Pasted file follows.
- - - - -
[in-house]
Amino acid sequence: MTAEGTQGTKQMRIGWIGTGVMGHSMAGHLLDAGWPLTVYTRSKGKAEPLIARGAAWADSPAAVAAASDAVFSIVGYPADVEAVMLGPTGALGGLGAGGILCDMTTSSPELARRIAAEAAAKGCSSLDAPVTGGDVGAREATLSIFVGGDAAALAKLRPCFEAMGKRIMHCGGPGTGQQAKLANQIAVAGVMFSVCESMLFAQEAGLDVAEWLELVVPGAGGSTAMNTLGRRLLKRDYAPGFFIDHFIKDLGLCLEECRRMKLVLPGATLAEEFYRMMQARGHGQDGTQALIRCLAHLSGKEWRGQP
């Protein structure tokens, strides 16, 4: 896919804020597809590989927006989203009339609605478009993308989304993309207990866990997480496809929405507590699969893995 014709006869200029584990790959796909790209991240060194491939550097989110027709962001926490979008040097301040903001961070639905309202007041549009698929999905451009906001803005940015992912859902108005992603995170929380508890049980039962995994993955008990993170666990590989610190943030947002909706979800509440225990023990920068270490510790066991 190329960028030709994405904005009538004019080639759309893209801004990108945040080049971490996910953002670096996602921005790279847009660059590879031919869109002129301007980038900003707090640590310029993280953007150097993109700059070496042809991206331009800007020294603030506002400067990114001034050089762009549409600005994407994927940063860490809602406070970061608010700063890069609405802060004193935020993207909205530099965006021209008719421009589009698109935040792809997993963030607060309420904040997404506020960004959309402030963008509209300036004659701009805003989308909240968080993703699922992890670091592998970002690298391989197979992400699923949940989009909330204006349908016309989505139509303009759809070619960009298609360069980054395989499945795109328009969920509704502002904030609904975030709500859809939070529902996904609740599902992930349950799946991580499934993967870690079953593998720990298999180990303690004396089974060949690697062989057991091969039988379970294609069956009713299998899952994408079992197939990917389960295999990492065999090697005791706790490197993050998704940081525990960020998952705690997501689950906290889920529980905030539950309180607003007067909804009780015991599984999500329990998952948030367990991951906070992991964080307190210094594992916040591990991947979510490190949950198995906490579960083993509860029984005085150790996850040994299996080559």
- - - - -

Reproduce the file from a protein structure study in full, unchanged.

[in-house]
Amino acid sequence: MTAEGTQGTKQMRIGWIGTGVMGHSMAGHLLDAGWPLTVYTRSKGKAEPLIARGAAWADSPAAVAAASDAVFSIVGYPADVEAVMLGPTGALGGLGAGGILCDMTTSSPELARRIAAEAAAKGCSSLDAPVTGGDVGAREATLSIFVGGDAAALAKLRPCFEAMGKRIMHCGGPGTGQQAKLANQIAVAGVMFSVCESMLFAQEAGLDVAEWLELVVPGAGGSTAMNTLGRRLLKRDYAPGFFIDHFIKDLGLCLEECRRMKLVLPGATLAEEFYRMMQARGHGQDGTQALIRCLAHLSGKEWRGQP
């Protein structure tokens, strides 16, 4: 896919804020597809590989927006989203009339609605478009993308989304993309207990866990997480496809929405507590699969893995 014709006869200029584990790959796909790209991240060194491939550097989110027709962001926490979008040097301040903001961070639905309202007041549009698929999905451009906001803005940015992912859902108005992603995170929380508890049980039962995994993955008990993170666990590989610190943030947002909706979800509440225990023990920068270490510790066991 190329960028030709994405904005009538004019080639759309893209801004990108945040080049971490996910953002670096996602921005790279847009660059590879031919869109002129301007980038900003707090640590310029993280953007150097993109700059070496042809991206331009800007020294603030506002400067990114001034050089762009549409600005994407994927940063860490809602406070970061608010700063890069609405802060004193935020993207909205530099965006021209008719421009589009698109935040792809997993963030607060309420904040997404506020960004959309402030963008509209300036004659701009805003989308909240968080993703699922992890670091592998970002690298391989197979992400699923949940989009909330204006349908016309989505139509303009759809070619960009298609360069980054395989499945795109328009969920509704502002904030609904975030709500859809939070529902996904609740599902992930349950799946991580499934993967870690079953593998720990298999180990303690004396089974060949690697062989057991091969039988379970294609069956009713299998899952994408079992197939990917389960295999990492065999090697005791706790490197993050998704940081525990960020998952705690997501689950906290889920529980905030539950309180607003007067909804009780015991599984999500329990998952948030367990991951906070992991964080307190210094594992916040591990991947979510490190949950198995906490579960083993509860029984005085150790996850040994299996080559």